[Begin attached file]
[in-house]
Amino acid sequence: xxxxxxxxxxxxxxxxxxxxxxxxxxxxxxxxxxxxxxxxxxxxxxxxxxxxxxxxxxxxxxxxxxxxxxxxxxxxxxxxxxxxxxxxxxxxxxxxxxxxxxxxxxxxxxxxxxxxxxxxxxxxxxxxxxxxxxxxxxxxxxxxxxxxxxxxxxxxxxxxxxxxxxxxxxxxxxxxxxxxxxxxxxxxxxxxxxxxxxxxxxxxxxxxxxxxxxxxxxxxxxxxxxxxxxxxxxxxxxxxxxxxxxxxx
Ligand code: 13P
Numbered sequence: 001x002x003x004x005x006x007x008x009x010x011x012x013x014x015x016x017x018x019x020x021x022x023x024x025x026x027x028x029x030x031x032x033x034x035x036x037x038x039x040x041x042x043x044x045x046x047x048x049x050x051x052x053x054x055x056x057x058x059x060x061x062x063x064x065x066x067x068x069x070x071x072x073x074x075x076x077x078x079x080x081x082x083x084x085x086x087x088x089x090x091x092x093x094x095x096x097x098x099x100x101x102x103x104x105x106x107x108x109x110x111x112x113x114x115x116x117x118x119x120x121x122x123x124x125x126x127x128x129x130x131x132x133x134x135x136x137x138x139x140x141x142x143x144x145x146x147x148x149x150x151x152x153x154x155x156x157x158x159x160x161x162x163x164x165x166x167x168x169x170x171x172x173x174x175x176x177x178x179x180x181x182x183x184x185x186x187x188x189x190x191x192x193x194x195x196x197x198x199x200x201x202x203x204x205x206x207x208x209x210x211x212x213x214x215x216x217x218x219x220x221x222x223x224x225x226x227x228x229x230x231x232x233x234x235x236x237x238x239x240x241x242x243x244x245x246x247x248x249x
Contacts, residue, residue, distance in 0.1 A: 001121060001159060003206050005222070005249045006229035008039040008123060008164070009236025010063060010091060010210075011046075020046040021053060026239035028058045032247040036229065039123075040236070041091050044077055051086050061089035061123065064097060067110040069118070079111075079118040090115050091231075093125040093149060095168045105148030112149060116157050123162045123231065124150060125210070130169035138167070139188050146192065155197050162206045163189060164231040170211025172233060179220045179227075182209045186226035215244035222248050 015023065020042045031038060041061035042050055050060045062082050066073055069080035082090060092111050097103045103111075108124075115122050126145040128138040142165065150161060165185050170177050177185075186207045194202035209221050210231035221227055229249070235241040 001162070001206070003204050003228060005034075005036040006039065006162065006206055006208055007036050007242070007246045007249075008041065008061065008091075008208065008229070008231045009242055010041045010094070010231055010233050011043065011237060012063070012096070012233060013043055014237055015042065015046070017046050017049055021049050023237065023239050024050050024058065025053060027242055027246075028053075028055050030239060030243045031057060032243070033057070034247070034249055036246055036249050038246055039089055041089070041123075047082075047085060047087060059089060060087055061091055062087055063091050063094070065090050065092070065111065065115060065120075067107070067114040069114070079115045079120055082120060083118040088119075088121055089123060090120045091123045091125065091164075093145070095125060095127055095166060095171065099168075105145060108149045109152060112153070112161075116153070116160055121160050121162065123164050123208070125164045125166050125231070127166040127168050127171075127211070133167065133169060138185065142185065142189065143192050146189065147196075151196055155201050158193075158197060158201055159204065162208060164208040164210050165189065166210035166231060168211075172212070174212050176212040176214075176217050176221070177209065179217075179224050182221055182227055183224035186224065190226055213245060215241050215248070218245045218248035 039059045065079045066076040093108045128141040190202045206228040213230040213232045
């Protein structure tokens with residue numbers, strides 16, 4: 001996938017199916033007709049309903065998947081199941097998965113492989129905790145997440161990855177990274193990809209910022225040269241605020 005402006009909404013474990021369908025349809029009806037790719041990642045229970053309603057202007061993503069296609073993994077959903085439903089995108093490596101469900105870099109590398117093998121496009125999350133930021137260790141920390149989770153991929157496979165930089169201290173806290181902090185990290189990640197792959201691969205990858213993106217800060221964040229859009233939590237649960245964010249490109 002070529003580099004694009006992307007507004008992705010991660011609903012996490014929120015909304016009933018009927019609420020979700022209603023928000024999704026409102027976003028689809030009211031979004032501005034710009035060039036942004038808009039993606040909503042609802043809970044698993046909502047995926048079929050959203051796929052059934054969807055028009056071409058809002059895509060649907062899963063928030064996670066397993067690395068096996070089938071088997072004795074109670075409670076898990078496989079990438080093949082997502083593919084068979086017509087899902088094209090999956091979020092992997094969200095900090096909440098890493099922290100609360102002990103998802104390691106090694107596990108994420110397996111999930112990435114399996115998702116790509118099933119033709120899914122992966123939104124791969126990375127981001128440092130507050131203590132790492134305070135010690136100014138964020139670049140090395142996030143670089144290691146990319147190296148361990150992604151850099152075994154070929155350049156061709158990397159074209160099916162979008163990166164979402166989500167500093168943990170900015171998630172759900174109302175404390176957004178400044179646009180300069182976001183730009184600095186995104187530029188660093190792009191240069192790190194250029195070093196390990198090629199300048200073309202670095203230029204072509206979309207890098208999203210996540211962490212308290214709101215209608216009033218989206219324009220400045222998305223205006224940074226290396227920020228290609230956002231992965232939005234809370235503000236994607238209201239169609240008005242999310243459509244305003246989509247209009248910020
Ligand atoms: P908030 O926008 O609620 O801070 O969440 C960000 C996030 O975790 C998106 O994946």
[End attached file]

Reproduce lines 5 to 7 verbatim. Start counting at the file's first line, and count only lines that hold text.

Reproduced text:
Contacts, residue, residue, distance in 0.1 A: 001121060001159060003206050005222070005249045006229035008039040008123060008164070009236025010063060010091060010210075011046075020046040021053060026239035028058045032247040036229065039123075040236070041091050044077055051086050061089035061123065064097060067110040069118070079111075079118040090115050091231075093125040093149060095168045105148030112149060116157050123162045123231065124150060125210070130169035138167070139188050146192065155197050162206045163189060164231040170211025172233060179220045179227075182209045186226035215244035222248050 015023065020042045031038060041061035042050055050060045062082050066073055069080035082090060092111050097103045103111075108124075115122050126145040128138040142165065150161060165185050170177050177185075186207045194202035209221050210231035221227055229249070235241040 001162070001206070003204050003228060005034075005036040006039065006162065006206055006208055007036050007242070007246045007249075008041065008061065008091075008208065008229070008231045009242055010041045010094070010231055010233050011043065011237060012063070012096070012233060013043055014237055015042065015046070017046050017049055021049050023237065023239050024050050024058065025053060027242055027246075028053075028055050030239060030243045031057060032243070033057070034247070034249055036246055036249050038246055039089055041089070041123075047082075047085060047087060059089060060087055061091055062087055063091050063094070065090050065092070065111065065115060065120075067107070067114040069114070079115045079120055082120060083118040088119075088121055089123060090120045091123045091125065091164075093145070095125060095127055095166060095171065099168075105145060108149045109152060112153070112161075116153070116160055121160050121162065123164050123208070125164045125166050125231070127166040127168050127171075127211070133167065133169060138185065142185065142189065143192050146189065147196075151196055155201050158193075158197060158201055159204065162208060164208040164210050165189065166210035166231060168211075172212070174212050176212040176214075176217050176221070177209065179217075179224050182221055182227055183224035186224065190226055213245060215241050215248070218245045218248035 039059045065079045066076040093108045128141040190202045206228040213230040213232045
């Protein structure tokens with residue numbers, strides 16, 4: 001996938017199916033007709049309903065998947081199941097998965113492989129905790145997440161990855177990274193990809209910022225040269241605020 005402006009909404013474990021369908025349809029009806037790719041990642045229970053309603057202007061993503069296609073993994077959903085439903089995108093490596101469900105870099109590398117093998121496009125999350133930021137260790141920390149989770153991929157496979165930089169201290173806290181902090185990290189990640197792959201691969205990858213993106217800060221964040229859009233939590237649960245964010249490109 002070529003580099004694009006992307007507004008992705010991660011609903012996490014929120015909304016009933018009927019609420020979700022209603023928000024999704026409102027976003028689809030009211031979004032501005034710009035060039036942004038808009039993606040909503042609802043809970044698993046909502047995926048079929050959203051796929052059934054969807055028009056071409058809002059895509060649907062899963063928030064996670066397993067690395068096996070089938071088997072004795074109670075409670076898990078496989079990438080093949082997502083593919084068979086017509087899902088094209090999956091979020092992997094969200095900090096909440098890493099922290100609360102002990103998802104390691106090694107596990108994420110397996111999930112990435114399996115998702116790509118099933119033709120899914122992966123939104124791969126990375127981001128440092130507050131203590132790492134305070135010690136100014138964020139670049140090395142996030143670089144290691146990319147190296148361990150992604151850099152075994154070929155350049156061709158990397159074209160099916162979008163990166164979402166989500167500093168943990170900015171998630172759900174109302175404390176957004178400044179646009180300069182976001183730009184600095186995104187530029188660093190792009191240069192790190194250029195070093196390990198090629199300048200073309202670095203230029204072509206979309207890098208999203210996540211962490212308290214709101215209608216009033218989206219324009220400045222998305223205006224940074226290396227920020228290609230956002231992965232939005234809370235503000236994607238209201239169609240008005242999310243459509244305003246989509247209009248910020
Ligand atoms: P908030 O926008 O609620 O801070 O969440 C960000 C996030 O975790 C998106 O994946």